FSCS protects consumers when financial services firms fail [or go bust]. It’s the compensation scheme for customers of UK authorised financial services firms. Since 2001 we’ve helped millions of people and paid out billions of pounds.
We can compensate customers if a firm has stopped trading or does not have enough assets to pay claims made against it. We call this being ‘in default’.
To find out if a firm is already in default, visit our search for companies in default page. You can still make a claim if the firm is not listed.
What do we cover?
We cover business conducted by firms authorised by the Financial Conduct Authority (FCA) and the Prudential Regulation Authority (PRA).
The FCA and the PRA are the UK’s independent financial watchdogs set up by government to regulate UK financial services and protect consumers’ rights. We may cover European firms authorised by home state regulators working in the UK.
FSCS protects the following:
- investment business,
- home finance (for business from 31 October 2004),
- insurance policies, and
- insurance broking for business from 14 January 2005. We also protect connected travel insurance where companies such as travel firms and holiday providers sell the policy alongside a holiday or other related travel for business from 1 January 2009.
- debt management.
The Scheme was set up under the Financial Services and Markets Act 2000 and became active on 1 December 2001. We still cover claims from before this date.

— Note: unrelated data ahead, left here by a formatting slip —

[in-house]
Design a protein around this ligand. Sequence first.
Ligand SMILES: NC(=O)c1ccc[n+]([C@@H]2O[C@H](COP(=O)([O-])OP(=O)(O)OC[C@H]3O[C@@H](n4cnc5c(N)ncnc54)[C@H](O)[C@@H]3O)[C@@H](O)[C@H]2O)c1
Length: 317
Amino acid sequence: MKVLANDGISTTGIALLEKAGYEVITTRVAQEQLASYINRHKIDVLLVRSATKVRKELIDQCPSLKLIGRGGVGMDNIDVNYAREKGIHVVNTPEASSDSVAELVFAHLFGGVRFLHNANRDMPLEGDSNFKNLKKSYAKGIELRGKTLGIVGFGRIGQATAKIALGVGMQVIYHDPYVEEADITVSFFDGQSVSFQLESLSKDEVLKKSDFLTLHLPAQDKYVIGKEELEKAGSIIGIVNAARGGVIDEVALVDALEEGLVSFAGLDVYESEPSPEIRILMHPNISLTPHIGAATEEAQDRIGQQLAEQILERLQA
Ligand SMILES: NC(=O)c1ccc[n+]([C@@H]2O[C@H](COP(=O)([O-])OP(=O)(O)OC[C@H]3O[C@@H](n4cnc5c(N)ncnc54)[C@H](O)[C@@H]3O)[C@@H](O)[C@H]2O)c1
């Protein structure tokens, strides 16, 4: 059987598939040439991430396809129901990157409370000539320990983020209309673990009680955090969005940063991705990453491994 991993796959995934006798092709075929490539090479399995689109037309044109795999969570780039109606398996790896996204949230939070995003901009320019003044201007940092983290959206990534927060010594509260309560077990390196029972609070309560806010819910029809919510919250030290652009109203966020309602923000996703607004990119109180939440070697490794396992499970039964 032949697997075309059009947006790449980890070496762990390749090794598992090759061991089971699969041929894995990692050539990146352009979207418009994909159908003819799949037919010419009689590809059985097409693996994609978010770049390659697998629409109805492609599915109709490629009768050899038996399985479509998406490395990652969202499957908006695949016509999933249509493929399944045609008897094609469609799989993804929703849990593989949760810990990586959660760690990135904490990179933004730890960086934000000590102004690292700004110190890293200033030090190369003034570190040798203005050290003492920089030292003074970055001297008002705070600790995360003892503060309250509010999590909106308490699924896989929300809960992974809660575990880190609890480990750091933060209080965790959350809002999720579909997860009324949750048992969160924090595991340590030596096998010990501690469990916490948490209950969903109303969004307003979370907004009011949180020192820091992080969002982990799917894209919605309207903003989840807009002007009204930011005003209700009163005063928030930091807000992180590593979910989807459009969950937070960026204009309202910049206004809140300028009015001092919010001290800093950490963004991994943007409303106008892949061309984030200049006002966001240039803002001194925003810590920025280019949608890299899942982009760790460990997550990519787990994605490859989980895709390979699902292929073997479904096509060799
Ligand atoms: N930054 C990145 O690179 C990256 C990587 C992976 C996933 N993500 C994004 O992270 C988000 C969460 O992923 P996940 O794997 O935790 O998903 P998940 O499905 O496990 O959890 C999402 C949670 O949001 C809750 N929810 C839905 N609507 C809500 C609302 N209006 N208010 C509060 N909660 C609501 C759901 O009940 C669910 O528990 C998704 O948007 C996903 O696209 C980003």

FSCS is free to consumers and is independent of government and the financial industry.
Are there protection limits?
The FCA and the PRA govern our protection and set our compensation limits and rules. The PRA’s rules cover claims related to deposits and life and general insurance policies. These rules are in the Depositor Protection and Policyholder Protection sections of the PRA Rulebook.
The FCA’s rules cover claims related to the other types of business we have mentioned above and can be found in the Redress section of the FCA Handbook.
FSCS does not cover the Channel Islands or The Isle of Man, although some exceptions exist for insurance claims.
money placed in a bank or similar institution to earn interest or for safe-keeping.
The Financial Conduct Authority is the UK's regulator for the financial services industry.
A firm unable, or likely to be unable to pay claims against it. This will generally be because it has stopped trading and has insufficient assets to meet claims, or is in insolvency.
a financial product in which money can be invested to earn interest or profit (although the value of investments can go down as well as up).